Esperanza Rising by Pam Munoz Ryan is a powerful story about a rich and spoiled Mexican girl whose sudden impoverishment in the 1930s takes her in to the migrant worker camps of California. It teaches much about the Great Depression as well as discrimination during that period. Continue Reading
The easily accessible text and the fun related activities make The Great Depression for Kids by Carol Mullenbach (Chicago Review Press, July 2015) a fantastic choice for the young student in upper elementary school or older that is interested in learning more about the era in our history. The text covers life before the Great Depression, the causes of the Great Depression, and then life during the Great Depression, both in cities and rural areas. It ends as it talks about how the nation recovered at the start of Word War II. Each chapter in The Great Depression for Kids covered a lot of information, but I felt it easily accessible to the younger reader.
This volume includes 21 activities related to the things happening in the text. For example, there is an explanation on how to “play the stock market” when the text talks about the stock market crash. Paper airplane making is the activity as kids learn about the new developments during the era. An erosion experiment is the activity during the chapter about the dust bowl. In all, the activities seem like simple but engaging ones for upper elementary students to enjoy doing!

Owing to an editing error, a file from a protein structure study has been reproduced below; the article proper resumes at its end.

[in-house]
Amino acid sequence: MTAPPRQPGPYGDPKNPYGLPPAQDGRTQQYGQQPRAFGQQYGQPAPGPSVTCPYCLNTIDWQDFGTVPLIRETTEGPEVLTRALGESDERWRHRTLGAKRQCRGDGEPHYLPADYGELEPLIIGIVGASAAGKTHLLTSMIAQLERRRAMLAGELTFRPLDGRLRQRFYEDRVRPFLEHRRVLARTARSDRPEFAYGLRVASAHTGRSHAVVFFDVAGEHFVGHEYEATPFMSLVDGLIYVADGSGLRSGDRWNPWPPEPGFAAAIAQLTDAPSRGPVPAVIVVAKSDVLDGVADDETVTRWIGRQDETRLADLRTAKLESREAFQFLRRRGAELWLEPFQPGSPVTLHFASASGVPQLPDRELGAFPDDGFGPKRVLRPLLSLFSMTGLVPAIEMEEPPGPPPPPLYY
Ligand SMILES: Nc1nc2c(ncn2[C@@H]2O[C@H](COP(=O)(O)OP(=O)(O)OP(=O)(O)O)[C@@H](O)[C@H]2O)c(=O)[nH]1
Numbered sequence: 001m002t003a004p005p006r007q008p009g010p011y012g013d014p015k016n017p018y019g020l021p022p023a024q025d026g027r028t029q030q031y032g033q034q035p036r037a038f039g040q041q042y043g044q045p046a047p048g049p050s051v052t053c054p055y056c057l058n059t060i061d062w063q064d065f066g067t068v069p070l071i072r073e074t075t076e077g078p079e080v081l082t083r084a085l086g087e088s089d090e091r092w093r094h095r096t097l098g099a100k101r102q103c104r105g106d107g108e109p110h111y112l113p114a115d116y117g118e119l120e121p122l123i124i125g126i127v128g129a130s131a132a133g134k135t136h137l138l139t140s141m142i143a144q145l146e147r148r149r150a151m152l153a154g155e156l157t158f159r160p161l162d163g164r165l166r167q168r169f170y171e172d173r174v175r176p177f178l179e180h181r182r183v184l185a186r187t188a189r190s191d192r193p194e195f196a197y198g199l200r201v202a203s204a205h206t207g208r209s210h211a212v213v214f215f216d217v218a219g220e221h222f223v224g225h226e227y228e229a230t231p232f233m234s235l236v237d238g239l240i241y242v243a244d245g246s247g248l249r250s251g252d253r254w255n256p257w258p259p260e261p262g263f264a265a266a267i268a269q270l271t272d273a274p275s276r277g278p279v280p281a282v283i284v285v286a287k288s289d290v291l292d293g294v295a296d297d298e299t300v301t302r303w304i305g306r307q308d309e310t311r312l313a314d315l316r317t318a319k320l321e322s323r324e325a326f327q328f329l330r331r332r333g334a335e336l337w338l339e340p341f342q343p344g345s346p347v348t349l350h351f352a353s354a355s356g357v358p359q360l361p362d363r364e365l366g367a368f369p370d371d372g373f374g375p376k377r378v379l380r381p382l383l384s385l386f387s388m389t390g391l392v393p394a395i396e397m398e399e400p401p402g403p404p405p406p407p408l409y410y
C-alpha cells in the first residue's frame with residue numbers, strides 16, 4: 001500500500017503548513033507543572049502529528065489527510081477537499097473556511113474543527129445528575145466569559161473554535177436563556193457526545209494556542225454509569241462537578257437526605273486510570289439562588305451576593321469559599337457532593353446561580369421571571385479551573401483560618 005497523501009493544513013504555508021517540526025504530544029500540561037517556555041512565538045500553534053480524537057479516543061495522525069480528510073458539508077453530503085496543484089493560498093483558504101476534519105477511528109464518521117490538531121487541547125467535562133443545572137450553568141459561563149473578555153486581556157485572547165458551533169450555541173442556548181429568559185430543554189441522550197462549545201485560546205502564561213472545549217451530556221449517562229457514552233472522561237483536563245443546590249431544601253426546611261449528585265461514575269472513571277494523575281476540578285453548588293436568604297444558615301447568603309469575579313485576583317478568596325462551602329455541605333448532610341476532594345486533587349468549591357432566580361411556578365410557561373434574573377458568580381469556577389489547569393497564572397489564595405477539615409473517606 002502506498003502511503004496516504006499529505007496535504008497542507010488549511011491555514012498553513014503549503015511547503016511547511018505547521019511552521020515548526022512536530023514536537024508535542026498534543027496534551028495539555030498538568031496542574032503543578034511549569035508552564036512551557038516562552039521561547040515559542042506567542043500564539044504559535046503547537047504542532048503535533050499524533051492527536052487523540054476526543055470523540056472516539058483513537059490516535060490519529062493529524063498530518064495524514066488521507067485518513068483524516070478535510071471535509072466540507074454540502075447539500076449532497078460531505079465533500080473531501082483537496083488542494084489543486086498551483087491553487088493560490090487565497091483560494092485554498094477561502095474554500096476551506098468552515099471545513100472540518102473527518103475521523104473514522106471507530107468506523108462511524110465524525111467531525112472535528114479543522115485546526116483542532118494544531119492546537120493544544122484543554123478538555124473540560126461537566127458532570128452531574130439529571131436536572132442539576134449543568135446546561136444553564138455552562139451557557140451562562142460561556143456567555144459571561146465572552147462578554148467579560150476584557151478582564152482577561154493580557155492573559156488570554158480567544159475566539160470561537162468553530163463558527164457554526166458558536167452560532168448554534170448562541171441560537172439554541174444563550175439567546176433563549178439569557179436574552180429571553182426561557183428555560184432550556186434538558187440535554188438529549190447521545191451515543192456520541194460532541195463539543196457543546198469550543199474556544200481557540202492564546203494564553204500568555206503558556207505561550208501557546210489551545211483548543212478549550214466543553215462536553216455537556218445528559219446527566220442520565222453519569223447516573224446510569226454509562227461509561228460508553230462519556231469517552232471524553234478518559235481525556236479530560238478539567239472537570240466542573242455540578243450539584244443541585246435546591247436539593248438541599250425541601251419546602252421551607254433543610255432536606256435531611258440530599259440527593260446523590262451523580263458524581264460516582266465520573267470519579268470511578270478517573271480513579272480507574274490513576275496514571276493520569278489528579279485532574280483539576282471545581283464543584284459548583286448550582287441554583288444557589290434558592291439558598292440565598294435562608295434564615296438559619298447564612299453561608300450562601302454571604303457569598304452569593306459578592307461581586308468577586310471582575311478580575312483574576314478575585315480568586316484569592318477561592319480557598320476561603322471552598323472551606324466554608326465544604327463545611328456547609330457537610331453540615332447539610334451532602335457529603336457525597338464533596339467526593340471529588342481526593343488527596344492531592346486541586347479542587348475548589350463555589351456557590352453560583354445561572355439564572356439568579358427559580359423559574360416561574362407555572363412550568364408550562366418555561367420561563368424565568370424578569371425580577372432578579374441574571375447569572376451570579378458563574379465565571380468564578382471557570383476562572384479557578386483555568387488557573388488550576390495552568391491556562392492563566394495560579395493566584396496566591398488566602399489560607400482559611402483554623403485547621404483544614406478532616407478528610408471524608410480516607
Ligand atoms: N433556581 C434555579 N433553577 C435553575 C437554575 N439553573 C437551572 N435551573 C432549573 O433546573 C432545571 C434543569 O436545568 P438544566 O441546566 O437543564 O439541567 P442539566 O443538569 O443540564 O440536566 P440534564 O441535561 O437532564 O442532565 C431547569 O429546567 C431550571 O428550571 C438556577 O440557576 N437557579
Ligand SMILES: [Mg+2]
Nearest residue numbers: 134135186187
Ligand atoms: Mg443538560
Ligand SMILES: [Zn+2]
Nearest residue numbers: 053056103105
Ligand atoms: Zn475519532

As a personal note, I found myself wishing I’d asked my grandparents more about the era before they passed away. The book contained lots of details about life during the era, but I know my grandparent’s stories were unique. It’s interesting how this definitive historical era is now so distant from children’s lives today, even though it was only three generations ago.
Note: I read a digital copy of this book from the publisher for review consideration.
Out of the Dust by Karen Hesse (1998 Newbery Medal Winner) is a young adult novel in poetry about the difficulties of dust bowl living in the 1930s. A changing industry, magnified by severe drought and the Great Depression, meant that farming in rural Oklahoma was more difficult than ever. But Billie’s difficulties are compounded. It’s hard enough being on the brink of womanhood, but when tragedies strike, nothing will ever be the same again.
In The Grapes of Wrath (published 1939), John Steinbeck captured the lives of his contemporary Americans, those living at or below the poverty line in the midst of the Great Depression. While the Joads’ migrant story was moving and I came to love many of the family members, The Grapes of Wrath is so much more than the story of one family. In between the narrative sequences about the Joad family, Steinbeck writes more general descriptive chapters about the fate of masses of migrants uprooted from their homes during the Dust Bowl and forced to search for work in California amidst thousands of other displaced workers. The Grapes of Wrath is about an entire people of otherwise unrecognized poor in our nation’s history.
This is why we keep reading it, even 70 years later. While the plight of poor workers has hopefully improved by today, the unnoticed poor still need a voice. Reading The Grapes of Wrath gives historical perspective, but it also reminds us that there is a majority that is often not represented in literature. Continue Reading